James Hutchisson’s biography reclaims Hemingway from the sensationalism, revealing the life of a man who was often bookish and introverted, an outdoor enthusiast who revered the natural world, and a generous spirit with an enviable work ethic.
Lawrence R. Jacobs and Desmond King's Fed Power is the first sustained synthesis of the Fed's political role-especially the way in which it uses its power to benefit some interest groups and not others-since the 2008 financial crisis.
The Fight for $15
Combining history, economics, and commonsense political wisdom, The Fight for Fifteen makes a deeply informed case for a national $15/hour minimum wage as the only practical solution to reversing America’s decades-long slide toward becoming a low-wage nation.
The Great Invention
The Great Invention reveals how in just a few decades GDP became the world’s most powerful formula: how six algebraic symbols forged in the fires of the 1930's economic crisis helped Europe and America prosper, how the remedy now risks killing the patient it once saved, and how this fundamentally flawed metric is creating the illusion of global prosperity―and why many world leaders want to be able to ignore it but so far remain powerless to do so.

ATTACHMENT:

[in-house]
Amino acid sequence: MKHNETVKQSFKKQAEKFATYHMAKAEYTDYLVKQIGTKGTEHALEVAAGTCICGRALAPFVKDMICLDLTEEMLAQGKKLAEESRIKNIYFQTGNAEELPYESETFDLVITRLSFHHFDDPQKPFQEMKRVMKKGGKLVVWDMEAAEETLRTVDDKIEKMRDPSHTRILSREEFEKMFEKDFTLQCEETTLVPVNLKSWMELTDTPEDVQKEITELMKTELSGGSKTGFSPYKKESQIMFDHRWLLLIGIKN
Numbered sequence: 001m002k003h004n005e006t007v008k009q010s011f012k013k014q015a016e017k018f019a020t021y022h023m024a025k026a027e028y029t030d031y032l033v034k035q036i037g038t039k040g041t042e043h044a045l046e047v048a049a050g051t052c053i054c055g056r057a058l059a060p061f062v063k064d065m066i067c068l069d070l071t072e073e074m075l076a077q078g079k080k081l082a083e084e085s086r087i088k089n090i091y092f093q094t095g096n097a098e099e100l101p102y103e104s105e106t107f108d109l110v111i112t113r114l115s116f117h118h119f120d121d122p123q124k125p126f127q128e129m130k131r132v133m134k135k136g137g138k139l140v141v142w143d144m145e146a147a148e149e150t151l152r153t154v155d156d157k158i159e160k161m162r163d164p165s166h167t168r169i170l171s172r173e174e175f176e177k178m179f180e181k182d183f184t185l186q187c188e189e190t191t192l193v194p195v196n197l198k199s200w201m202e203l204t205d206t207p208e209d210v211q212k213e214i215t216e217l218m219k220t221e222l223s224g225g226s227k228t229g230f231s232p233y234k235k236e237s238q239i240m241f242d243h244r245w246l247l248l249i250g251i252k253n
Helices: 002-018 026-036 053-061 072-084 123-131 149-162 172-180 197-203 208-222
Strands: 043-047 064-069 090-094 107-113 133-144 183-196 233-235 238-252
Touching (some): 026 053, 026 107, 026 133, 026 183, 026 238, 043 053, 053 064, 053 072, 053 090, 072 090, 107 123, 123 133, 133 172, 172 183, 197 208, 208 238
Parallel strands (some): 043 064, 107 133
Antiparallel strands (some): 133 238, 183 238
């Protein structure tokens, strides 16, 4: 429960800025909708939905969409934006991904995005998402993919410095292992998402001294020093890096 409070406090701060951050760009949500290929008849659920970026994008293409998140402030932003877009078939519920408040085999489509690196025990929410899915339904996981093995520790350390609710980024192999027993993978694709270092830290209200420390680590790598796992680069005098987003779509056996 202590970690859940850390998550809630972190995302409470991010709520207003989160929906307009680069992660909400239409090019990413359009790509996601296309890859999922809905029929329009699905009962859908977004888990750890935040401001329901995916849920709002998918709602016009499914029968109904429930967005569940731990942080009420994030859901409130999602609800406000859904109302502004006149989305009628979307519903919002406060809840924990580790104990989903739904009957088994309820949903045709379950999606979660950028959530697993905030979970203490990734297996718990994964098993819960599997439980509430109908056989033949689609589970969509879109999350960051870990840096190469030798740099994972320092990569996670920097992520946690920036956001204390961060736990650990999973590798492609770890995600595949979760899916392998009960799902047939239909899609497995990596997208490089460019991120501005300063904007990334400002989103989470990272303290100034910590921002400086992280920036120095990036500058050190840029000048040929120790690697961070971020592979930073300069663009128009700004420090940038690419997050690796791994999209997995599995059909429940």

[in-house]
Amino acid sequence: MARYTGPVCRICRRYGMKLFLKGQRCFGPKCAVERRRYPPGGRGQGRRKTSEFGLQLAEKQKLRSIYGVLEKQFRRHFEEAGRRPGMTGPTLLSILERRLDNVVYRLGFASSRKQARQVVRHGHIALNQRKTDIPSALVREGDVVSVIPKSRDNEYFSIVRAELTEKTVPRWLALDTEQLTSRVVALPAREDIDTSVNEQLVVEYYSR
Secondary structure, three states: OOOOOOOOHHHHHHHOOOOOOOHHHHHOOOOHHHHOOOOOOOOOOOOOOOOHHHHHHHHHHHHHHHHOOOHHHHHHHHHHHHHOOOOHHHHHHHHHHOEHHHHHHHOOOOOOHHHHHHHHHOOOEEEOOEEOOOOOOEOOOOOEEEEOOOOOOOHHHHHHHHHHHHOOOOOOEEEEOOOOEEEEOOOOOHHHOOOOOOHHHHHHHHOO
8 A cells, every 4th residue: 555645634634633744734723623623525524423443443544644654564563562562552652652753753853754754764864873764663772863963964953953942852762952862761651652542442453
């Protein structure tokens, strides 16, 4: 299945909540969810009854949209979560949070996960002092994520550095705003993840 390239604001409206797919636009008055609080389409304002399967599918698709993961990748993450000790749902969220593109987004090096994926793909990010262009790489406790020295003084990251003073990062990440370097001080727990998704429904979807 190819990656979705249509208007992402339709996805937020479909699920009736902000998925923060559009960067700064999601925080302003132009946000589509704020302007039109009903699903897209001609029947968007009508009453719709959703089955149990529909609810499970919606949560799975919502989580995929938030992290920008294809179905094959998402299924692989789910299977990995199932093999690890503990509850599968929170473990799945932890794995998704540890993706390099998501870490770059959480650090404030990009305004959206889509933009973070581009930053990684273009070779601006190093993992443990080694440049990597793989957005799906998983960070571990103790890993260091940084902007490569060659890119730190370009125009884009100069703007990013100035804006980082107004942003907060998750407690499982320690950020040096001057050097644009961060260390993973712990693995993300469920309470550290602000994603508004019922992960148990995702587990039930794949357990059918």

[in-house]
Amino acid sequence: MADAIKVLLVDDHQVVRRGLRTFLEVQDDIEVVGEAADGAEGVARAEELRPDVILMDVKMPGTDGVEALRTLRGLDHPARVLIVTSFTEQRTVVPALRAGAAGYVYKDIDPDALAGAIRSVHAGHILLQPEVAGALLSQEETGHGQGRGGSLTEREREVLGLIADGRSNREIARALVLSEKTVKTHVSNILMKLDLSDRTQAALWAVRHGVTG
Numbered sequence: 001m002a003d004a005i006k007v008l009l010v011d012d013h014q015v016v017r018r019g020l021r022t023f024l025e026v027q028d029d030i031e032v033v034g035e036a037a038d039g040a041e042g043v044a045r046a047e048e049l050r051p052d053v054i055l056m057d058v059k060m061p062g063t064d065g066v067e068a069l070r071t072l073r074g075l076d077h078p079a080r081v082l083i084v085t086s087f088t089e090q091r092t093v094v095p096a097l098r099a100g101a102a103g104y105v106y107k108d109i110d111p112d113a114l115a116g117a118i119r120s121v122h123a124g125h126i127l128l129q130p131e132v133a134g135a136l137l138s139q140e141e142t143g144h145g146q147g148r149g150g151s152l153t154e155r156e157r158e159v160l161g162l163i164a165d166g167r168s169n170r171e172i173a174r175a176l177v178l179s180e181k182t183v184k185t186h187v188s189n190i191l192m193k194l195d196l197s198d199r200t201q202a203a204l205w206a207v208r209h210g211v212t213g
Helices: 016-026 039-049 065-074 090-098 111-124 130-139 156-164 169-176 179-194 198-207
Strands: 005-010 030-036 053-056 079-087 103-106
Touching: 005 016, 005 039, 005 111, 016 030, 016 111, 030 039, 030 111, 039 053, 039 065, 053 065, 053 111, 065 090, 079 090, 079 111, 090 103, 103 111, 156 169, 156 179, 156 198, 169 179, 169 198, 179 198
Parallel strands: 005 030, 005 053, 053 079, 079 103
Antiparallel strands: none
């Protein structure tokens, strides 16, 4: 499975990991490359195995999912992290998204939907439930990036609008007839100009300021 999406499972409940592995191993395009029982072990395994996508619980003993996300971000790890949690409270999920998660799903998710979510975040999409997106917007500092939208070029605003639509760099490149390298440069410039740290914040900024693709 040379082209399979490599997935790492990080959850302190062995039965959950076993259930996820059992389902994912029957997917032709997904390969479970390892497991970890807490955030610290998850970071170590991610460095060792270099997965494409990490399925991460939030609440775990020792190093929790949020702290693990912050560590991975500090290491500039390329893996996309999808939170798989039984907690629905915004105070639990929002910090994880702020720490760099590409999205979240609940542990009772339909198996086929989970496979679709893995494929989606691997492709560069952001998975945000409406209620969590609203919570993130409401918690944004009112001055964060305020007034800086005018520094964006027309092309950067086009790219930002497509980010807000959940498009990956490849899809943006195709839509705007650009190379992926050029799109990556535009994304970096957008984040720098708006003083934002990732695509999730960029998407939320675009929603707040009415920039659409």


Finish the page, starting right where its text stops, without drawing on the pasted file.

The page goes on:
How to Survive a Plague
A riveting, powerful telling of the story of the grassroots movement of activists, many of them in a life-or-death struggle, who seized upon scientific research to help develop the drugs that turned HIV from a mostly fatal infection to a manageable disease.
Imperial China 1350-1900
This clear and engaging book provides a concise overview of the Ming-Qing epoch (1368–1912), China’s last imperial age. Beginning with the end of the Mongol domination of China in 1368, this five-century period was remarkable for its continuity and stability until its downfall in the Revolution of 1911.
Iran in World History
In this book, Richard Foltz traces the spread of Iranian culture among diverse populations ranging from the Mediterranean to the Indian Ocean, and along the Silk Roads as far as China, from prehistoric times up to the present day. He emphasizes the range of contributions Iran has made to world history by highlighting the roles of key figures such as the ancient empire-builders Cyrus the Great and Darius I, the medieval polymath Avicenna, and early modern Mughal rulers such as Shah Jahan, who built India's celebrated Taj Mahal.
Letters to a Young Muslim
In a series of personal letters to his son, Omar Saif Ghobash offers a short and highly readable manifesto that tackles our current global crisis with the training of an experienced diplomat and the personal responsibility of a father.
The Imperiled Presidency
The Imperiled Presidency: Presidential Leadership in the 21st Century calls for a dramatic re-evaluation of the American president’s role within the separation of powers system. In contrast with claims by academics, pundits, media, and members of Congress, this provocative new book argues that the contemporary American presidency is too weak rather than too strong.